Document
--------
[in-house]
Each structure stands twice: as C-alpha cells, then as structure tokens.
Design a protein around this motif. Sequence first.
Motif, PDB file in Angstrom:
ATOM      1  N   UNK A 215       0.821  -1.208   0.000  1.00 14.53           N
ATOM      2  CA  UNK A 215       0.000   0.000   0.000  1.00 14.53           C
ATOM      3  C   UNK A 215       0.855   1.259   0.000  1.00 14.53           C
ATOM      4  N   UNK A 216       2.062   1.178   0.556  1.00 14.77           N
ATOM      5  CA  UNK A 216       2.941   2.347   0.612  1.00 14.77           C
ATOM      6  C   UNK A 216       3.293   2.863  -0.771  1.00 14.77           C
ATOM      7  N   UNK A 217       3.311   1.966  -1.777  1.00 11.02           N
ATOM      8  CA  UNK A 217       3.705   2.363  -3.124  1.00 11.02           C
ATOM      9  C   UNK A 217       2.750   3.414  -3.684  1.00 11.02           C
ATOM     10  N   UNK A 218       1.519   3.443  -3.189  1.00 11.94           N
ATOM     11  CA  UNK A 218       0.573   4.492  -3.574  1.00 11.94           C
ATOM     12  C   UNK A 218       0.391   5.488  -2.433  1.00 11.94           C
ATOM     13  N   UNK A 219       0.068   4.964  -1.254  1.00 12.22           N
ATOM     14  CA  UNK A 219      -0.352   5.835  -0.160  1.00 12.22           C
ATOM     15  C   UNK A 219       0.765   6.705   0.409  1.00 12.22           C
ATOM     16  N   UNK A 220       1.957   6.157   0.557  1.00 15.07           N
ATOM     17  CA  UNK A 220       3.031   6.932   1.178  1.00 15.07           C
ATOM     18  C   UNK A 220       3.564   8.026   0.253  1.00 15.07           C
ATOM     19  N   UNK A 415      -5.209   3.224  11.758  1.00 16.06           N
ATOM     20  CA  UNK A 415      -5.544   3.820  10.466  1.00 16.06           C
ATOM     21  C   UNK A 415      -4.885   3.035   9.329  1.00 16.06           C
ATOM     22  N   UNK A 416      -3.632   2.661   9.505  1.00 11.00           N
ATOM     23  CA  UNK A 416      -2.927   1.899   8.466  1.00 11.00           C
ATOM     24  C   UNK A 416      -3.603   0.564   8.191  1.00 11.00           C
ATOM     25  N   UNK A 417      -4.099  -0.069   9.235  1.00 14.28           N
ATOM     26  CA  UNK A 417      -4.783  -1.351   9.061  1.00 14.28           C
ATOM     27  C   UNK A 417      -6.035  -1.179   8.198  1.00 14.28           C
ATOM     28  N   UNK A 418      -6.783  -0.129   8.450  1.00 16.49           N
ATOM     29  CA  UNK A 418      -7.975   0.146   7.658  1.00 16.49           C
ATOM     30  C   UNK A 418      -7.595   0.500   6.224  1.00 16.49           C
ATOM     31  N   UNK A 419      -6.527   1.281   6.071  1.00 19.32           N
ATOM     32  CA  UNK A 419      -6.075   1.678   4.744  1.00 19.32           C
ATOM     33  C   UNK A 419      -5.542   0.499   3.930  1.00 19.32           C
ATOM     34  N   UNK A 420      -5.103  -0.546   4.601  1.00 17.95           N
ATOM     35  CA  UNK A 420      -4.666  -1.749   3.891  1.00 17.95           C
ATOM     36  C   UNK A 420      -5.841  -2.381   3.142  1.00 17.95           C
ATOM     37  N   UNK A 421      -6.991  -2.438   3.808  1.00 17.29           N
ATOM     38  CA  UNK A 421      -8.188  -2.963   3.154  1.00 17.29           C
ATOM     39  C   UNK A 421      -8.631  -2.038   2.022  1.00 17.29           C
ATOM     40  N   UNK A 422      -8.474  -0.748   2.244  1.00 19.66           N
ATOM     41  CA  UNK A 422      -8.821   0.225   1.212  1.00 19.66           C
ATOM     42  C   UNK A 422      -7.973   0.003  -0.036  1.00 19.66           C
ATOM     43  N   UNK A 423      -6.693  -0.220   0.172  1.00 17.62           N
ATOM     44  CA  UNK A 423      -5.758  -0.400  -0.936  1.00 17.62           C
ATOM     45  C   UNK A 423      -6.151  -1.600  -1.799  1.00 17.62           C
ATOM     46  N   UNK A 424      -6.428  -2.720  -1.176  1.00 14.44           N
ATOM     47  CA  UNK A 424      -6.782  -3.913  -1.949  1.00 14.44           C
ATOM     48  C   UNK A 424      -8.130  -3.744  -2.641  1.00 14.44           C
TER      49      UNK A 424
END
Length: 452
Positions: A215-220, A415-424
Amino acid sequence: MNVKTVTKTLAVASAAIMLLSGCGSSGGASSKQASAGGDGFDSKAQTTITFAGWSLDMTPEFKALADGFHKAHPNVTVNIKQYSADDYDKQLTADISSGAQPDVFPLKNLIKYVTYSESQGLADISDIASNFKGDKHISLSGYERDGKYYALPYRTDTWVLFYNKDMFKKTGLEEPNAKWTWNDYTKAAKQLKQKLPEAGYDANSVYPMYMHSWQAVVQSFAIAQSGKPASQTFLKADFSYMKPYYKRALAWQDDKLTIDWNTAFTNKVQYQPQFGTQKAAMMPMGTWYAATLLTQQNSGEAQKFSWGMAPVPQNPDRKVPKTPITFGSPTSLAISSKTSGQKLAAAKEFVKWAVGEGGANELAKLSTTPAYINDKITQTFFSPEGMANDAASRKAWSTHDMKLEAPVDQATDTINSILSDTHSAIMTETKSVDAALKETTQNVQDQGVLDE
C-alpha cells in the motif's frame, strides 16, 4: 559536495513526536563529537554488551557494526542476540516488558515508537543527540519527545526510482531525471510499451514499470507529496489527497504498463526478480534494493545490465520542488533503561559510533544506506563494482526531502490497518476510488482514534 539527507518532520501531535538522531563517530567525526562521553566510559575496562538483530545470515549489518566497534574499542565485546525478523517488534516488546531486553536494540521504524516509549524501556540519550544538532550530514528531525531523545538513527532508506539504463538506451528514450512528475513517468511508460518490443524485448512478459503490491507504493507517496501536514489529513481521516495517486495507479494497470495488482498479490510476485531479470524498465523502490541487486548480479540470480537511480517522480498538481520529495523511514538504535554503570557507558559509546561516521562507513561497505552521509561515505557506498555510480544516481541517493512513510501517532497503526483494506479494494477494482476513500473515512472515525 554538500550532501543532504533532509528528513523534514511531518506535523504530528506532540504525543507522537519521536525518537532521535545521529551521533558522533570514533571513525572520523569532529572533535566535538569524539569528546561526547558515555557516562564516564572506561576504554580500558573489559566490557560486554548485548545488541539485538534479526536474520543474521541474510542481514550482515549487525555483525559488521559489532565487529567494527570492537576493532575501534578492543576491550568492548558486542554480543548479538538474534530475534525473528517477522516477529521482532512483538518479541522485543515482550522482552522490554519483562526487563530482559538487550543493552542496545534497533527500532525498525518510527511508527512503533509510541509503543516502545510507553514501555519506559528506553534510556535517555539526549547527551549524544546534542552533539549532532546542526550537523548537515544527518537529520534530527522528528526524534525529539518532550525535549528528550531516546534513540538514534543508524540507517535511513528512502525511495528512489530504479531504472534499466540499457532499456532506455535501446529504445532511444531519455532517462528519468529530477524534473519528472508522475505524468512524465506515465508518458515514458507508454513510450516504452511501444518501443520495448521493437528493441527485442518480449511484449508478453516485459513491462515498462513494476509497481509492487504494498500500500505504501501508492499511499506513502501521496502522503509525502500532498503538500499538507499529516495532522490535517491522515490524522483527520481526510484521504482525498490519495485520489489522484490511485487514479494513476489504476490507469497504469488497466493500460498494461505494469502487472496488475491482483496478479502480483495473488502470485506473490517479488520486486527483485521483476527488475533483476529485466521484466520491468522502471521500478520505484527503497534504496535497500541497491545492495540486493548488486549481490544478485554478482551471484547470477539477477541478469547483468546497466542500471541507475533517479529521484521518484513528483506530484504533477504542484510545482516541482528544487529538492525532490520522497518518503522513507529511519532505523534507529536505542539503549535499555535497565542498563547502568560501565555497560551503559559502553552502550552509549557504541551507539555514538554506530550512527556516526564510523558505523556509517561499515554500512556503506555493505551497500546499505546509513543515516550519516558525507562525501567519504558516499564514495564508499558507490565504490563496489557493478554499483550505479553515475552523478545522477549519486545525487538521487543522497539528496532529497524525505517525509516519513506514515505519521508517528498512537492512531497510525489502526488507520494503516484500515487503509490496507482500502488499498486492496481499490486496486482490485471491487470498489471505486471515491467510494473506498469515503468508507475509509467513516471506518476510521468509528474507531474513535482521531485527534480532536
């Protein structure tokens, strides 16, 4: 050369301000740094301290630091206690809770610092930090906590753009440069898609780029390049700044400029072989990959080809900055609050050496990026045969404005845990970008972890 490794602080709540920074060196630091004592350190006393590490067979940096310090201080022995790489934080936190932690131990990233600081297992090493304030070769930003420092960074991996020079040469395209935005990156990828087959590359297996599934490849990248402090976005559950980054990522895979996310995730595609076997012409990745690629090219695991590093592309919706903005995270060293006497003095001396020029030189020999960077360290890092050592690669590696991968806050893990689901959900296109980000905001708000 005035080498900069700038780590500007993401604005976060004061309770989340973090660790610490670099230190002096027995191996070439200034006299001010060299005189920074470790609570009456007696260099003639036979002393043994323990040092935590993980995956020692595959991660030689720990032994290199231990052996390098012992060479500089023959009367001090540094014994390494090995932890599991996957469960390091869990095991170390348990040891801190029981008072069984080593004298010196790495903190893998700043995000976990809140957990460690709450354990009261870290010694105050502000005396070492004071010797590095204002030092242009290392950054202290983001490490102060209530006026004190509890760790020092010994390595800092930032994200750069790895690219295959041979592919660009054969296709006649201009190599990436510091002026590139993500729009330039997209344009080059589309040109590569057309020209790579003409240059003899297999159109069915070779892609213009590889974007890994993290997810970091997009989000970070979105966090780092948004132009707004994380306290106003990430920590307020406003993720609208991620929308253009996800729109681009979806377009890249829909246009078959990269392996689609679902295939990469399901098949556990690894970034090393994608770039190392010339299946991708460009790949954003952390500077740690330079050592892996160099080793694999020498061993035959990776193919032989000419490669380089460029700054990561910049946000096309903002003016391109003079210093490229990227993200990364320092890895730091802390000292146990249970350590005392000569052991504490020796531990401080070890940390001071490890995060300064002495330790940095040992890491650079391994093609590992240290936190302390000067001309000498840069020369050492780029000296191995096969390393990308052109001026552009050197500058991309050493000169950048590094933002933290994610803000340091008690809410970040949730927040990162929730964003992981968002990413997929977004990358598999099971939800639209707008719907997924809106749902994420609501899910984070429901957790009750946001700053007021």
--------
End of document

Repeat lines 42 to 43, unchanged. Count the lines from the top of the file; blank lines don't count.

ATOM     38  CA  UNK A 421      -8.188  -2.963   3.154  1.00 17.29           C
ATOM     39  C   UNK A 421      -8.631  -2.038   2.022  1.00 17.29           C